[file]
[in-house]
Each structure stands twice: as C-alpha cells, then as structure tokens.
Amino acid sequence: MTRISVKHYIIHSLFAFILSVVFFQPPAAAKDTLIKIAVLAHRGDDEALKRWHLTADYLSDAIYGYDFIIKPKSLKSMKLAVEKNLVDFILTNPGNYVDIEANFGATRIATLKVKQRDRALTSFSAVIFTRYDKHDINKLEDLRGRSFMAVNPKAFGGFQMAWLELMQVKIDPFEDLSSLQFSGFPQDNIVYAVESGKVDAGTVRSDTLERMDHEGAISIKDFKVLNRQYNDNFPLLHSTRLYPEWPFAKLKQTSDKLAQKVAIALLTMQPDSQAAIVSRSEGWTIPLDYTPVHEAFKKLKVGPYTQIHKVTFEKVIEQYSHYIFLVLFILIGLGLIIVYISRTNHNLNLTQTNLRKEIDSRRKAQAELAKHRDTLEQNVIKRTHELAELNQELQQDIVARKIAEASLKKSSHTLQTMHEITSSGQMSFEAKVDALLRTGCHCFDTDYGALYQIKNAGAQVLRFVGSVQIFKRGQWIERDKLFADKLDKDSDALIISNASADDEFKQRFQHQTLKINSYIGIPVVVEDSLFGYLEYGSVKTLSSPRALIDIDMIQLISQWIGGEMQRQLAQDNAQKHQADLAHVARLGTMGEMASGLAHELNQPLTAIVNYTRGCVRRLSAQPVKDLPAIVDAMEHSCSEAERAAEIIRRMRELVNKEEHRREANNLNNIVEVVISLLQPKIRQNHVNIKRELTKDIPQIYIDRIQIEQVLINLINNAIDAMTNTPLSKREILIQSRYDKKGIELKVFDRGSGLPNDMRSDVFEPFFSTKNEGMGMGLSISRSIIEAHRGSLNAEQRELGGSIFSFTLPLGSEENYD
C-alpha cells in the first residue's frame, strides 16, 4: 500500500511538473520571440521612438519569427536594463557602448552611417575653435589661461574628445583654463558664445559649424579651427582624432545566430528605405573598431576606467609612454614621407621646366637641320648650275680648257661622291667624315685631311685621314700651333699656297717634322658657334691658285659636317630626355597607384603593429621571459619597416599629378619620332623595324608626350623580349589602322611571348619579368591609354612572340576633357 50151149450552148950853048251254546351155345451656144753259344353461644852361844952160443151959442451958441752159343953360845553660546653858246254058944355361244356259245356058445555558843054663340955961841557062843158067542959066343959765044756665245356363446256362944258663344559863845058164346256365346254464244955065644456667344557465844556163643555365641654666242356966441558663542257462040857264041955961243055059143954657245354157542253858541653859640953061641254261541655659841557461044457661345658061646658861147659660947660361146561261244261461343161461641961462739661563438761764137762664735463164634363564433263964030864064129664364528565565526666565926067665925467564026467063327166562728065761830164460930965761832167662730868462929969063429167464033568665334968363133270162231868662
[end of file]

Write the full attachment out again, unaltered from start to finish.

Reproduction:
[in-house]
Each structure stands twice: as C-alpha cells, then as structure tokens.
Amino acid sequence: MTRISVKHYIIHSLFAFILSVVFFQPPAAAKDTLIKIAVLAHRGDDEALKRWHLTADYLSDAIYGYDFIIKPKSLKSMKLAVEKNLVDFILTNPGNYVDIEANFGATRIATLKVKQRDRALTSFSAVIFTRYDKHDINKLEDLRGRSFMAVNPKAFGGFQMAWLELMQVKIDPFEDLSSLQFSGFPQDNIVYAVESGKVDAGTVRSDTLERMDHEGAISIKDFKVLNRQYNDNFPLLHSTRLYPEWPFAKLKQTSDKLAQKVAIALLTMQPDSQAAIVSRSEGWTIPLDYTPVHEAFKKLKVGPYTQIHKVTFEKVIEQYSHYIFLVLFILIGLGLIIVYISRTNHNLNLTQTNLRKEIDSRRKAQAELAKHRDTLEQNVIKRTHELAELNQELQQDIVARKIAEASLKKSSHTLQTMHEITSSGQMSFEAKVDALLRTGCHCFDTDYGALYQIKNAGAQVLRFVGSVQIFKRGQWIERDKLFADKLDKDSDALIISNASADDEFKQRFQHQTLKINSYIGIPVVVEDSLFGYLEYGSVKTLSSPRALIDIDMIQLISQWIGGEMQRQLAQDNAQKHQADLAHVARLGTMGEMASGLAHELNQPLTAIVNYTRGCVRRLSAQPVKDLPAIVDAMEHSCSEAERAAEIIRRMRELVNKEEHRREANNLNNIVEVVISLLQPKIRQNHVNIKRELTKDIPQIYIDRIQIEQVLINLINNAIDAMTNTPLSKREILIQSRYDKKGIELKVFDRGSGLPNDMRSDVFEPFFSTKNEGMGMGLSISRSIIEAHRGSLNAEQRELGGSIFSFTLPLGSEENYD
C-alpha cells in the first residue's frame, strides 16, 4: 500500500511538473520571440521612438519569427536594463557602448552611417575653435589661461574628445583654463558664445559649424579651427582624432545566430528605405573598431576606467609612454614621407621646366637641320648650275680648257661622291667624315685631311685621314700651333699656297717634322658657334691658285659636317630626355597607384603593429621571459619597416599629378619620332623595324608626350623580349589602322611571348619579368591609354612572340576633357 50151149450552148950853048251254546351155345451656144753259344353461644852361844952160443151959442451958441752159343953360845553660546653858246254058944355361244356259245356058445555558843054663340955961841557062843158067542959066343959765044756665245356363446256362944258663344559863845058164346256365346254464244955065644456667344557465844556163643555365641654666242356966441558663542257462040857264041955961243055059143954657245354157542253858541653859640953061641254261541655659841557461044457661345658061646658861147659660947660361146561261244261461343161461641961462739661563438761764137762664735463164634363564433263964030864064129664364528565565526666565926067665925467564026467063327166562728065761830164460930965761832167662730868462929969063429167464033568665334968363133270162231868662